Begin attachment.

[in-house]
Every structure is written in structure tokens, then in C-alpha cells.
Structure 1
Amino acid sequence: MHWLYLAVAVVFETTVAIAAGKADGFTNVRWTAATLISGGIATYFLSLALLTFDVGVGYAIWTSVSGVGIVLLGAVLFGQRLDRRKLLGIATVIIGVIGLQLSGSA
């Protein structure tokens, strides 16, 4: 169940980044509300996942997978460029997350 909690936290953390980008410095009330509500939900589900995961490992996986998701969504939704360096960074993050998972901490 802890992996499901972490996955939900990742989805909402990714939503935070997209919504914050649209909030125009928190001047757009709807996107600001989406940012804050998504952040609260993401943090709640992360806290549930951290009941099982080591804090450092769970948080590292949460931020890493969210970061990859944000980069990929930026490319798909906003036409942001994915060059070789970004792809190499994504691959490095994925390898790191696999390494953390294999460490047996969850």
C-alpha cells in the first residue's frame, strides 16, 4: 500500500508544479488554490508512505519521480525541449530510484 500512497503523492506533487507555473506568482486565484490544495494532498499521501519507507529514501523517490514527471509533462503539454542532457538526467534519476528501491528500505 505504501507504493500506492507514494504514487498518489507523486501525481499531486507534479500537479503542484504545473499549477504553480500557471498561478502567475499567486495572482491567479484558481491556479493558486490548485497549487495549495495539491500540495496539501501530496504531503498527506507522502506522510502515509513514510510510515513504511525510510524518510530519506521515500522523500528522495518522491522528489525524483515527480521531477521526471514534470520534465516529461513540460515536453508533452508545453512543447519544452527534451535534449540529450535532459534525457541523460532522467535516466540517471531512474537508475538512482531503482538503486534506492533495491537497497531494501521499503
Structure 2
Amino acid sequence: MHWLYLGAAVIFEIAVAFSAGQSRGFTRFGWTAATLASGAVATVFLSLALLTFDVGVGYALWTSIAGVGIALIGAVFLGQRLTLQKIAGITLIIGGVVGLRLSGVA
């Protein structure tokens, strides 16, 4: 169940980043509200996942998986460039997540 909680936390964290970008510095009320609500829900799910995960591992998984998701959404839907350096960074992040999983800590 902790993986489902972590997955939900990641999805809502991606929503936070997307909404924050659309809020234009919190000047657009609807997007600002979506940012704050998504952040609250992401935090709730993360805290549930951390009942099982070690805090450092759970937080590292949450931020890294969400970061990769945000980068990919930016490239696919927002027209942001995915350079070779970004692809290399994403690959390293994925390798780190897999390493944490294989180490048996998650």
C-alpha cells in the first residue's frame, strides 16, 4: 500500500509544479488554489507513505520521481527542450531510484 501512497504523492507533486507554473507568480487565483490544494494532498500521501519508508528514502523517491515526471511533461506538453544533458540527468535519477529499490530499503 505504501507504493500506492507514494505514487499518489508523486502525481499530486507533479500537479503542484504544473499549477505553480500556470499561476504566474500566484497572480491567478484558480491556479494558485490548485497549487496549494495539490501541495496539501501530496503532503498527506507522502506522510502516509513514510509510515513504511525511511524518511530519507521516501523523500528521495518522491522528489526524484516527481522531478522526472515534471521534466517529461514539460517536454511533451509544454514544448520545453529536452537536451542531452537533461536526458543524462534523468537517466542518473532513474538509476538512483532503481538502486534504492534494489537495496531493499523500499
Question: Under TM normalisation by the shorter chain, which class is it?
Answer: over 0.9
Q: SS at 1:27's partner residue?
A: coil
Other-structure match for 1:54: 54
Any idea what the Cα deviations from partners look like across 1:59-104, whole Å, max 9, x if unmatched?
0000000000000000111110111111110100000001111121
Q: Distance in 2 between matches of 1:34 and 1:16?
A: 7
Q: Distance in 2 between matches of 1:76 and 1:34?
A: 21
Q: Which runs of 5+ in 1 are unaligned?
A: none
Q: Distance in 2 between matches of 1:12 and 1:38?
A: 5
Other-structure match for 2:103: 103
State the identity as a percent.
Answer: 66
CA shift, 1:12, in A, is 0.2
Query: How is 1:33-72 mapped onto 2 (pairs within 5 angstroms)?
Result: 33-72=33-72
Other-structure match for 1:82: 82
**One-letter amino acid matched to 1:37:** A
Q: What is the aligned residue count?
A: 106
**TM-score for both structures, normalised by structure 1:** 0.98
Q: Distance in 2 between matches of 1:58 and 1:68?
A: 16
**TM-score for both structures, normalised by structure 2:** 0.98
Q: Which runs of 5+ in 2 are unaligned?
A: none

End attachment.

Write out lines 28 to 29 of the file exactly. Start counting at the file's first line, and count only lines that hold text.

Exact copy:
Answer: 66
CA shift, 1:12, in A, is 0.2